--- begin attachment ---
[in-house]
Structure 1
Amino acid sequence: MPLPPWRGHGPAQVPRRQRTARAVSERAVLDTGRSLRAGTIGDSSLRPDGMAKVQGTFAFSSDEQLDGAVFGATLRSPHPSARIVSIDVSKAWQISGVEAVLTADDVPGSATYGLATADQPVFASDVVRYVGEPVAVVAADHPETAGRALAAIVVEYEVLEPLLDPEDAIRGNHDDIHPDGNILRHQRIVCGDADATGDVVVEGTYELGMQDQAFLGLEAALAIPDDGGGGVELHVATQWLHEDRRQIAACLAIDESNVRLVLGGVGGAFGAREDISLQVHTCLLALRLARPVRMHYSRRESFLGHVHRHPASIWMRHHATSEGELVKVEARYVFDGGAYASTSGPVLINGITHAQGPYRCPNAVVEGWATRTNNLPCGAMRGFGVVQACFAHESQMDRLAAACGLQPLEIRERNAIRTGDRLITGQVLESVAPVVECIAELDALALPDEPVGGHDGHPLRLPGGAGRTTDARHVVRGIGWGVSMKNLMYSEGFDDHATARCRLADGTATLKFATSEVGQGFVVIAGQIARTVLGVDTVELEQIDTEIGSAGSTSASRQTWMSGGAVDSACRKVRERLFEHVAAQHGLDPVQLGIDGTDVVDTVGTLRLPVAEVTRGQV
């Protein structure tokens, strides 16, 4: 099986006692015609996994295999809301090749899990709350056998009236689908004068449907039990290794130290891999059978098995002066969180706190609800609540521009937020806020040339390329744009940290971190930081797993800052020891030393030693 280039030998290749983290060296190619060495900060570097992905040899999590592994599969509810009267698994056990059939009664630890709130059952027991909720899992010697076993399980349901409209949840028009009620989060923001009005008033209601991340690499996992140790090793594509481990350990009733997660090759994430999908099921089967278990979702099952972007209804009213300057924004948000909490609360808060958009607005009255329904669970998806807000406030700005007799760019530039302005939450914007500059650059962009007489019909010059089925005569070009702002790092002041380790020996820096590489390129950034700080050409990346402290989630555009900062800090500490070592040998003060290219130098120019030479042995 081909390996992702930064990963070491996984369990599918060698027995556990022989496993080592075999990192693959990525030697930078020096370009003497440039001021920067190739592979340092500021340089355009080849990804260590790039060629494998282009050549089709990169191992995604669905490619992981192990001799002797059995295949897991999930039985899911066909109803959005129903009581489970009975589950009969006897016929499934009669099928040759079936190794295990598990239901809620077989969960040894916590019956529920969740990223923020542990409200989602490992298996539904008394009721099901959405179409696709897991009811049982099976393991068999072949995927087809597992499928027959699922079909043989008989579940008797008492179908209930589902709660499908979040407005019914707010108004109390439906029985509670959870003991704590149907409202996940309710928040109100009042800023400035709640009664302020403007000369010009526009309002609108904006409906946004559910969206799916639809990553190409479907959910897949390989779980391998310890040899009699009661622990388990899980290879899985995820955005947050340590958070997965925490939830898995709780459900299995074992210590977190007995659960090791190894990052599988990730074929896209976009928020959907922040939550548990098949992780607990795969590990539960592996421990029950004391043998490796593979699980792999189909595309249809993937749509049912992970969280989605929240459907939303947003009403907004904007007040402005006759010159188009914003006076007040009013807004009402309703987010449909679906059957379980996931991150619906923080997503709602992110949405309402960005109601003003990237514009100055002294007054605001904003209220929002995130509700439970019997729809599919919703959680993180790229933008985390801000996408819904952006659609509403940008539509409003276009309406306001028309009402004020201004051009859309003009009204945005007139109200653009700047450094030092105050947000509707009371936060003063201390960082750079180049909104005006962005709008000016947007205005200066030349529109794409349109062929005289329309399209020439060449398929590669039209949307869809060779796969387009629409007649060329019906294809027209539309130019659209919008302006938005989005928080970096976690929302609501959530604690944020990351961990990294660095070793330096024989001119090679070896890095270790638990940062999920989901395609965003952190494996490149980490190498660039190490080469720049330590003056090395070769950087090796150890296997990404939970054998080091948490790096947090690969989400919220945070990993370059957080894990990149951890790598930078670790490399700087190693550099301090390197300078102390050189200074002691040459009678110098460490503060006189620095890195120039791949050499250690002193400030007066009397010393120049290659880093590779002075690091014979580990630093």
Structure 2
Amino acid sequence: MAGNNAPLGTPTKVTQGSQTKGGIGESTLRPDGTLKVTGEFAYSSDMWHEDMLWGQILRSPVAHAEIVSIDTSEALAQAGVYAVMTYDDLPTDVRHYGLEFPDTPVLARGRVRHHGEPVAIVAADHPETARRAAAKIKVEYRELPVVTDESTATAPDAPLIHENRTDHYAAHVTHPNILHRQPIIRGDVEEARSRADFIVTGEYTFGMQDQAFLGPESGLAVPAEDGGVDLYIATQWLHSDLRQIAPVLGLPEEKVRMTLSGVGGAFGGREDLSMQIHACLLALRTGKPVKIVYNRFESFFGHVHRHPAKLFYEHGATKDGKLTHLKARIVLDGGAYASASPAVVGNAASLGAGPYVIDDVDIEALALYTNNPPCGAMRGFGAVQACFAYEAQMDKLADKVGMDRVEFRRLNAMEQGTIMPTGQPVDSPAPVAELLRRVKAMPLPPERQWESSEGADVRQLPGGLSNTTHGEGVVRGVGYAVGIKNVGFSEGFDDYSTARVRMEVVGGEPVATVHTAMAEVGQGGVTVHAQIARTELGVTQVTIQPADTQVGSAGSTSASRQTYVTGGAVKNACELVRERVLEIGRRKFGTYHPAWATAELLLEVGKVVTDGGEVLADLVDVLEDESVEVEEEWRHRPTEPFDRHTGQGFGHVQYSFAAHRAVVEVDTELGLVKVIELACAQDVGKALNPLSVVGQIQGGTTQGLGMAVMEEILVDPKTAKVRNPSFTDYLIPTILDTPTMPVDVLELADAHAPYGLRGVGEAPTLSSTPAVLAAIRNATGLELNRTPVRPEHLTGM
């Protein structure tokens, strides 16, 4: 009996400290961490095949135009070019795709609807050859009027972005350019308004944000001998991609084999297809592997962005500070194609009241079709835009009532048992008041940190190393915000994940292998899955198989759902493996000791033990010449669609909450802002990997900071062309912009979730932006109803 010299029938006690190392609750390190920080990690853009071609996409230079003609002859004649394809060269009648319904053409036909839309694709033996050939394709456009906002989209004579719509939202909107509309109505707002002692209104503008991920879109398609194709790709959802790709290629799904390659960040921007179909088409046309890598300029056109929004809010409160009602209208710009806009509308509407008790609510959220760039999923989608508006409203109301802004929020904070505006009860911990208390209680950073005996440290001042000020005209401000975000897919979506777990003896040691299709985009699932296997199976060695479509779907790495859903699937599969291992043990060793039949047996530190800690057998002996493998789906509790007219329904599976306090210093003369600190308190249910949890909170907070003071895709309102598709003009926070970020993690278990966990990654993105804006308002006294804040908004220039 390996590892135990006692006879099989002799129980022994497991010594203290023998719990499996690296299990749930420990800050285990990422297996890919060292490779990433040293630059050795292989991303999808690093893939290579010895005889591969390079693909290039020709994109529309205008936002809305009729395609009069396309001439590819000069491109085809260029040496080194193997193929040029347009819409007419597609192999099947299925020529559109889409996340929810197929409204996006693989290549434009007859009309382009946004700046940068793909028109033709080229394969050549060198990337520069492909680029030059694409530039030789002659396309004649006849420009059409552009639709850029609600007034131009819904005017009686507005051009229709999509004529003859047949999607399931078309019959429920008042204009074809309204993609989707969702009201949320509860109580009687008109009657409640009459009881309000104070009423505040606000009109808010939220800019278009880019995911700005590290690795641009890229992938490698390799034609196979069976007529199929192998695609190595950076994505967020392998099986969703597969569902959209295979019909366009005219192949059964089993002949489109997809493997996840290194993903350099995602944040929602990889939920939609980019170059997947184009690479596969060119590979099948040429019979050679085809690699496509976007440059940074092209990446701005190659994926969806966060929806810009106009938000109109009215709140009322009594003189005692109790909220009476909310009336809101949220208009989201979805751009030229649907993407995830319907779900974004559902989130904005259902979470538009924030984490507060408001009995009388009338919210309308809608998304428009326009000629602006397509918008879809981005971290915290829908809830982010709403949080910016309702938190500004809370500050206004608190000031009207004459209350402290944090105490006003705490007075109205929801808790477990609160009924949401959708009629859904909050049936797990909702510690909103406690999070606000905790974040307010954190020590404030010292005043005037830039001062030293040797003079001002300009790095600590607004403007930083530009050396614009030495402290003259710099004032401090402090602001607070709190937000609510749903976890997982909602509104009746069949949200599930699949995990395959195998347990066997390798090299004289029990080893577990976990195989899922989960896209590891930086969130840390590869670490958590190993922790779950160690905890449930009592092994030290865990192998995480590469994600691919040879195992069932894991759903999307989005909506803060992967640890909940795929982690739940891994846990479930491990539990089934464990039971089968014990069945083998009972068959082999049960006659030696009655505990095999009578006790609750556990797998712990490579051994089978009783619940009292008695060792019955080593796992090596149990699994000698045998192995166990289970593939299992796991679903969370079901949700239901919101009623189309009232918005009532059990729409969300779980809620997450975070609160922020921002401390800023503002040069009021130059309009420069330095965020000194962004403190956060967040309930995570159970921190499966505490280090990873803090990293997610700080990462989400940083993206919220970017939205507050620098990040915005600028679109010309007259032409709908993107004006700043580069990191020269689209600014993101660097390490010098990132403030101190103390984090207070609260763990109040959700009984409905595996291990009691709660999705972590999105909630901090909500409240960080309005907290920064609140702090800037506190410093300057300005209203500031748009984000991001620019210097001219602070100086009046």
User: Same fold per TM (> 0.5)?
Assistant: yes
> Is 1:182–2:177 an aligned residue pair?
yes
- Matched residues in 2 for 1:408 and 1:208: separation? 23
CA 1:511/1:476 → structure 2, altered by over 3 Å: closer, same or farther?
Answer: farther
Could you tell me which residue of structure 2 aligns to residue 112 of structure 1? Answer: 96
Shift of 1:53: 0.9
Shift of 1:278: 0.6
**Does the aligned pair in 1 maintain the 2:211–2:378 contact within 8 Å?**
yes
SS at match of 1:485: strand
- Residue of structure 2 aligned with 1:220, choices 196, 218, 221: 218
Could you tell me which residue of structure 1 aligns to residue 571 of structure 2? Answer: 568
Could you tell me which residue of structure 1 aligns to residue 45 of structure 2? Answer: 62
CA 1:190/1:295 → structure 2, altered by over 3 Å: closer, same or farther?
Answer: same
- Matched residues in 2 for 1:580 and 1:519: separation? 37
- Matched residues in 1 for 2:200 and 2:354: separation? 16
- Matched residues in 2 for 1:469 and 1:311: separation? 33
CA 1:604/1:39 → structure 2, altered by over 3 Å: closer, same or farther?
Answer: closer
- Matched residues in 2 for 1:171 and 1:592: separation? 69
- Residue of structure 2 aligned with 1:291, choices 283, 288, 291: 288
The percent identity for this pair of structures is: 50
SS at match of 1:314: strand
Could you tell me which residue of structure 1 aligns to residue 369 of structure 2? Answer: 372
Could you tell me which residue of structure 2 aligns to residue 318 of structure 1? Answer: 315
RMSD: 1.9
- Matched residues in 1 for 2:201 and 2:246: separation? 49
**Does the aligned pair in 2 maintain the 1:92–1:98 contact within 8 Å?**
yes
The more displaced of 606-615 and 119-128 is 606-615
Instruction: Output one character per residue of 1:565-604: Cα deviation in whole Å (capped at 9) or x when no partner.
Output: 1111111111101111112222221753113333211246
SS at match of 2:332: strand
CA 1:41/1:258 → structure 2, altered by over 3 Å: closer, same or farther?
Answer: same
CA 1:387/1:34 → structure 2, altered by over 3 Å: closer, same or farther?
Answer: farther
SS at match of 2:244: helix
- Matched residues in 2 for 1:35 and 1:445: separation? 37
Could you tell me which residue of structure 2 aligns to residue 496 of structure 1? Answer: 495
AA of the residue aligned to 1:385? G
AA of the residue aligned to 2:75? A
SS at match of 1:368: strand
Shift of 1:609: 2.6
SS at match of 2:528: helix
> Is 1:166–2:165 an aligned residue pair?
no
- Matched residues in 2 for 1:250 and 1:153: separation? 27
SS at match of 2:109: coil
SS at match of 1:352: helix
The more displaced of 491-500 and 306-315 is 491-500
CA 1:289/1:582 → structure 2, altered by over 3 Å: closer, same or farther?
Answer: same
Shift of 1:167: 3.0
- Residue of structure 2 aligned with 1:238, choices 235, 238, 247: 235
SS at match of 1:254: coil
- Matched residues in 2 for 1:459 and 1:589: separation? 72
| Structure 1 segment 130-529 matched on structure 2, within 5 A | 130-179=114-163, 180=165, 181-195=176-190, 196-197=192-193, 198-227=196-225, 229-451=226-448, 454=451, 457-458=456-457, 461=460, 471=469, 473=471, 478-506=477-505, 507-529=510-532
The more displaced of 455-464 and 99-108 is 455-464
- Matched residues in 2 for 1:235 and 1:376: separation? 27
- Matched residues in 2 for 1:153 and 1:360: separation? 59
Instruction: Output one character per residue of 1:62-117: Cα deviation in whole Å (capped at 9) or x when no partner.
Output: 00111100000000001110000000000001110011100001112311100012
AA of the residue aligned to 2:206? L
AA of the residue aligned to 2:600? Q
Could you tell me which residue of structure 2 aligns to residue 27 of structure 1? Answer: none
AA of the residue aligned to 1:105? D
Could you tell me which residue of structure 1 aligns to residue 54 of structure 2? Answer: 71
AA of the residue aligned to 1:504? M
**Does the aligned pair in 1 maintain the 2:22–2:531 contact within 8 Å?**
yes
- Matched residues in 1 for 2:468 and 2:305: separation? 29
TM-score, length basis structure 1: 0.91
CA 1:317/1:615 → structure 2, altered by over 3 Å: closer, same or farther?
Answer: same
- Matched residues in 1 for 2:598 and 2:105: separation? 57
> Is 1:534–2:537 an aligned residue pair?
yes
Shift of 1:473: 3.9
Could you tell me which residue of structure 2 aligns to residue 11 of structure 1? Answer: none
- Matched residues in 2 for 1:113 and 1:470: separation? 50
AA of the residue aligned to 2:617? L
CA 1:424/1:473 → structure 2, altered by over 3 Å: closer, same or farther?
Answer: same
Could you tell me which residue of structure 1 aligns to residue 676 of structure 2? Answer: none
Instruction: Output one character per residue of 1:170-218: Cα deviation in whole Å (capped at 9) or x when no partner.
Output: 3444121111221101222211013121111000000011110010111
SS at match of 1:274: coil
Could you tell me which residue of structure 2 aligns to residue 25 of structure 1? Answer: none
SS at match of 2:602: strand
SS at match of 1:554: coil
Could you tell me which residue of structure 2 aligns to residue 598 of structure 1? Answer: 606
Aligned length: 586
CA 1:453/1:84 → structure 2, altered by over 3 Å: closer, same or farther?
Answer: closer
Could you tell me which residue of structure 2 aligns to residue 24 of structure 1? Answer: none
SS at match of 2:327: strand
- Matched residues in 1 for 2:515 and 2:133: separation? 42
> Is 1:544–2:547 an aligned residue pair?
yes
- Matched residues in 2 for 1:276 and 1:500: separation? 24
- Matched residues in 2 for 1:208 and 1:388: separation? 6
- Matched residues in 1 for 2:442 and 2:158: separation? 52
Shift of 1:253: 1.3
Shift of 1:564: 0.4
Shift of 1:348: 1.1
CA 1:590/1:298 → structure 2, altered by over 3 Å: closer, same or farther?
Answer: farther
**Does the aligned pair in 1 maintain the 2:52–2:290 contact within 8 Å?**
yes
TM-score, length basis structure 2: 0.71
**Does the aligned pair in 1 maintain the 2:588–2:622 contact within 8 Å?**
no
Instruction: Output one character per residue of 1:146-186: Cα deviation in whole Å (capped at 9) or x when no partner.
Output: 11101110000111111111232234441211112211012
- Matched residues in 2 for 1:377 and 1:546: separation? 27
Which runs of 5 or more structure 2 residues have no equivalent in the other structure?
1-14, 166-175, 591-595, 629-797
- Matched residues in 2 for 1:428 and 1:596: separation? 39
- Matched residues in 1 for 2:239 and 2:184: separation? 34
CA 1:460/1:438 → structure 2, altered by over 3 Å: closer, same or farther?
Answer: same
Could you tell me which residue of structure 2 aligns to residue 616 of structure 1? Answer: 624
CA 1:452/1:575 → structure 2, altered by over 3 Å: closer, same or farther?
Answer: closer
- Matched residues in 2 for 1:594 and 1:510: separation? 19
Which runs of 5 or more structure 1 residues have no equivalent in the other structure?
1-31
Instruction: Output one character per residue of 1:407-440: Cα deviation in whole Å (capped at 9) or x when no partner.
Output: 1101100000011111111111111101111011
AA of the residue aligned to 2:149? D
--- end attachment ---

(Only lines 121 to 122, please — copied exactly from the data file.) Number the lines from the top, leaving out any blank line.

yes
TM-score, length basis structure 2: 0.71